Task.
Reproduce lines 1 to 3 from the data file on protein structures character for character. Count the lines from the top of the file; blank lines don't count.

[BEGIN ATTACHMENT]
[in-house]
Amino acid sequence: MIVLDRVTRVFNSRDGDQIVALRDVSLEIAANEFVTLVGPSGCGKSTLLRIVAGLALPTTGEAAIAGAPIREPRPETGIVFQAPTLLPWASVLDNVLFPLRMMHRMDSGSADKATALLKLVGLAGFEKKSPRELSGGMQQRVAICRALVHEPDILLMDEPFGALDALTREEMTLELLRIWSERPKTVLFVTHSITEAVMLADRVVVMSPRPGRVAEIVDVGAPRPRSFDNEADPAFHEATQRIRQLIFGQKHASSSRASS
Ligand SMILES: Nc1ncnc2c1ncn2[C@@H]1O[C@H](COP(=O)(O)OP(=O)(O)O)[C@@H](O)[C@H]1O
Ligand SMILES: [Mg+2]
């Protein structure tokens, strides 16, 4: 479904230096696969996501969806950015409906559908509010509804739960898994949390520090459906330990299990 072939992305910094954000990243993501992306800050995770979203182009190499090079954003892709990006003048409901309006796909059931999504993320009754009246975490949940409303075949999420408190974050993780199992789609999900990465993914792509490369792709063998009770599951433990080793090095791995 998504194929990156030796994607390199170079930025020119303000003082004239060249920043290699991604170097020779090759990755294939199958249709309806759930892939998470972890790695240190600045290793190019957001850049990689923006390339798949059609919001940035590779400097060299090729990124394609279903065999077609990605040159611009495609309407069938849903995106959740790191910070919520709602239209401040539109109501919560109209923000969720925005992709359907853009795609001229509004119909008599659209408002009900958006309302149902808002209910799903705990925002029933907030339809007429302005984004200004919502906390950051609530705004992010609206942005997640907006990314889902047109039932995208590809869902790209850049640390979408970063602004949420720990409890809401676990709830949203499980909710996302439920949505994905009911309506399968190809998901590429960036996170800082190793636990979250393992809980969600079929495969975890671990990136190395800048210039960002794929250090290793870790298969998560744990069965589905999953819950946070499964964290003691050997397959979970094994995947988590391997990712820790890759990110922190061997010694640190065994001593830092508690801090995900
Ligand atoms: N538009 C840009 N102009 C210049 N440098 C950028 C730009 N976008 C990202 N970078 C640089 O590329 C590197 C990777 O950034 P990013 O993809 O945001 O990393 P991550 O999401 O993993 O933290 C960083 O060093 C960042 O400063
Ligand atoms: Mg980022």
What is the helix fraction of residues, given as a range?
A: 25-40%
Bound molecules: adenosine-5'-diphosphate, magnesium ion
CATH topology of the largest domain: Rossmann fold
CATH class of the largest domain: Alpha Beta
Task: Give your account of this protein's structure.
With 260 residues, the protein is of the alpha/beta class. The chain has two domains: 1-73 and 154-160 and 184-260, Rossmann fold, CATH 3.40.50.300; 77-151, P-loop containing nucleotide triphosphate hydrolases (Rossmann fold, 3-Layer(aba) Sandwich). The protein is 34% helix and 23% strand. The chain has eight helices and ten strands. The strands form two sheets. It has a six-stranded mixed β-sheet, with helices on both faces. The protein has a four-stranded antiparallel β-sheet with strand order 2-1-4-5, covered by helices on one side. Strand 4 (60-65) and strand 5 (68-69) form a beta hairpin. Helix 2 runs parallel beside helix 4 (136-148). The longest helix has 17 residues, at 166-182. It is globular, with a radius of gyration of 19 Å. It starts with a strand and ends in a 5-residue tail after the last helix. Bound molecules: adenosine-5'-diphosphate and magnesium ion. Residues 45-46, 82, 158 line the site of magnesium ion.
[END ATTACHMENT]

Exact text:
[in-house]
Amino acid sequence: MIVLDRVTRVFNSRDGDQIVALRDVSLEIAANEFVTLVGPSGCGKSTLLRIVAGLALPTTGEAAIAGAPIREPRPETGIVFQAPTLLPWASVLDNVLFPLRMMHRMDSGSADKATALLKLVGLAGFEKKSPRELSGGMQQRVAICRALVHEPDILLMDEPFGALDALTREEMTLELLRIWSERPKTVLFVTHSITEAVMLADRVVVMSPRPGRVAEIVDVGAPRPRSFDNEADPAFHEATQRIRQLIFGQKHASSSRASS
Ligand SMILES: Nc1ncnc2c1ncn2[C@@H]1O[C@H](COP(=O)(O)OP(=O)(O)O)[C@@H](O)[C@H]1O